New research from RingCentral reveals that a third of Gen Z and Millennials in the UK are unable to fully focus on spending time with loved ones due to an increase in work notifications. Dubbed ‘Alert Anxiety’, the study highlights the stress caused by work notifications, comparable to the fear of spiders, bugs, and dentist visits.
This growing issue is exacerbated by a culture of always being “on”, with many workers feeling pressured to respond to notifications outside of work hours. The findings suggest the UK may need to consider implementing ‘right to disconnect’ regulations.
- Increased work notifications are impacting a third of Gen Z and Millennials’ time spent with loved ones.
- Work notifications are causing anxiety and stress for British workers, particularly younger ones.
- The UK may need to consider ‘right to disconnect’ regulations to support employees and maintain productivity.
Alert Anxiety: The Hidden Cost of Out-of-Hours Notifications
The UK workforce is grappling with an escalating issue of work notifications disrupting their personal lives. As the festive season approaches, the question looms: will the Brits be able to truly disconnect from work?
Work Notifications: An Unceasing Tide
The influx of work notifications is a growing concern, with 31% reporting an increase in out-of-hours notifications over the past year. Employees are feeling the strain, with 14% feeling compelled to respond immediately, and a further 33% feeling the need to respond within an hour. The sheer volume of alerts is inducing anxiety, akin to that caused by spiders and bugs (54%), and nearly matching the dread of a dentist visit (59%). Particularly concerning is the impact on younger workers, with 32% of those aged 21-34 admitting that these notifications prevent them from fully focusing on time spent with loved ones.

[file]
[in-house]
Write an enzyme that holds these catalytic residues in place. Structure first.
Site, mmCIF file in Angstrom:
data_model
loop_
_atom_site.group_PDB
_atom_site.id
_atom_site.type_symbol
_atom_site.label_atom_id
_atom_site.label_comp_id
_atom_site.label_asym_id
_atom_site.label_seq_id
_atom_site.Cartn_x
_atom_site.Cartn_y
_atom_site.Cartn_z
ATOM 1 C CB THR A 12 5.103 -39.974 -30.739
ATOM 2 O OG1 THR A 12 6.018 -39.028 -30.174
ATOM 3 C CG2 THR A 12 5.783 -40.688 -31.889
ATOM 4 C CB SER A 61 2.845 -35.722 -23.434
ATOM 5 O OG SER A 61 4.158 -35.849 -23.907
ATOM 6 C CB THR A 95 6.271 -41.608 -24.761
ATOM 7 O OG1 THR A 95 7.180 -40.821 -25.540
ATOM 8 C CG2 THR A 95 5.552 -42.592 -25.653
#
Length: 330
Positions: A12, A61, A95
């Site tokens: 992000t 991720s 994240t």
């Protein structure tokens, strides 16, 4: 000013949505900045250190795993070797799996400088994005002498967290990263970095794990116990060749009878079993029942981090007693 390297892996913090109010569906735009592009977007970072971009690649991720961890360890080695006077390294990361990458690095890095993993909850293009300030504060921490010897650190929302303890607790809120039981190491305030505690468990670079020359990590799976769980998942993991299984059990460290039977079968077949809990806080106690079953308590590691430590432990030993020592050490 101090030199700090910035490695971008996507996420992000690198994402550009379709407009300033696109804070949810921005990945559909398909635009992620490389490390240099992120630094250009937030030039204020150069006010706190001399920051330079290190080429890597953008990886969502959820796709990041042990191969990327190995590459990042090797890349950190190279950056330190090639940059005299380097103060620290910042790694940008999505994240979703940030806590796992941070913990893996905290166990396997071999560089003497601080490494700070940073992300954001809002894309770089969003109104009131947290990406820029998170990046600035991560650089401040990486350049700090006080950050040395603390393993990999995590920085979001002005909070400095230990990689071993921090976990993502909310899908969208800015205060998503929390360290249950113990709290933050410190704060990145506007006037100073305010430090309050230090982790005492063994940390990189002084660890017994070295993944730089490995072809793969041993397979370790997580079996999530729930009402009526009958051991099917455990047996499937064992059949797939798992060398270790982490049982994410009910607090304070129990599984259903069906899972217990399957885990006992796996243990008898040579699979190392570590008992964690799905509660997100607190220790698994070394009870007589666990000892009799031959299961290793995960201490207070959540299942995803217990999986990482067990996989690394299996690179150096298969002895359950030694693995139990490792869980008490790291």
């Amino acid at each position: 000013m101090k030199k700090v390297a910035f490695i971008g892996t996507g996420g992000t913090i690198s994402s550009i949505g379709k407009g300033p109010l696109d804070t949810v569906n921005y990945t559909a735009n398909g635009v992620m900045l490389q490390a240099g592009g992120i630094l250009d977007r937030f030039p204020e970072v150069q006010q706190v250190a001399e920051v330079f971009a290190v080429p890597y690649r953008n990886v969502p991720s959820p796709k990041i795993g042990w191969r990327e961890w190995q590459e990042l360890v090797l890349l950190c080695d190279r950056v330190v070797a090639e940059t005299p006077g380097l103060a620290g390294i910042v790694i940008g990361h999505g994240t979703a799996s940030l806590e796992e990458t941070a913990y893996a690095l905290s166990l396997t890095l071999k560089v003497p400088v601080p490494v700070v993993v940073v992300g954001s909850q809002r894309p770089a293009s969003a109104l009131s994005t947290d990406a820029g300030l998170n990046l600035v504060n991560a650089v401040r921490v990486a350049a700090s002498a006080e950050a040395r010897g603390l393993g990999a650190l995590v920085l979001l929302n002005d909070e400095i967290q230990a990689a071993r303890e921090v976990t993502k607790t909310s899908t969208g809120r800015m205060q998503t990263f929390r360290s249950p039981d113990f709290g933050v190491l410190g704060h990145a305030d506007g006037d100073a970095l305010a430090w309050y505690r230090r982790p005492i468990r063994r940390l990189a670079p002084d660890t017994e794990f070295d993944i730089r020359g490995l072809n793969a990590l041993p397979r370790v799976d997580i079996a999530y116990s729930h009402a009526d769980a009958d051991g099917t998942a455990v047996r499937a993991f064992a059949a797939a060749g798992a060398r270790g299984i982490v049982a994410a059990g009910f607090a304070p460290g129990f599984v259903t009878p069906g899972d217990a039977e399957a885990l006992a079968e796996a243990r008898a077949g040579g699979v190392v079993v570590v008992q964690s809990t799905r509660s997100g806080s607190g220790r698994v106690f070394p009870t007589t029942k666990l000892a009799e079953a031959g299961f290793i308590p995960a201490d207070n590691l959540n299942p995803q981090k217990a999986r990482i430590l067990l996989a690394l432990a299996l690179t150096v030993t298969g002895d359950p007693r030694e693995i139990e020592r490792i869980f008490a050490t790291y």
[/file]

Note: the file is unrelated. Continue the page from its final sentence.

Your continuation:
The “Alert Anxiety” Epidemic
Our research shows that over half of employees (52%) are juggling six or more apps during a typical workweek. Increased app usage has led to a surge of notifications, causing annoyance (24%), anxiety (23%), and stress (21%) for a fourth of UK workers. The younger workforce seems to bear the brunt, experiencing amplified levels of anxiety (27%) and stress (26%) upon receipt of workplace notifications.
Struggling to Switch Off in a Non-Stop Culture
Exacerbating the alert anxiety is the rise in out-of-hours work notifications, reported by 31% of UK workers. This pressure increases amongst younger employees, with nearly a third (30%) feeling the need to respond promptly, compared to just 14% of those aged 55-65.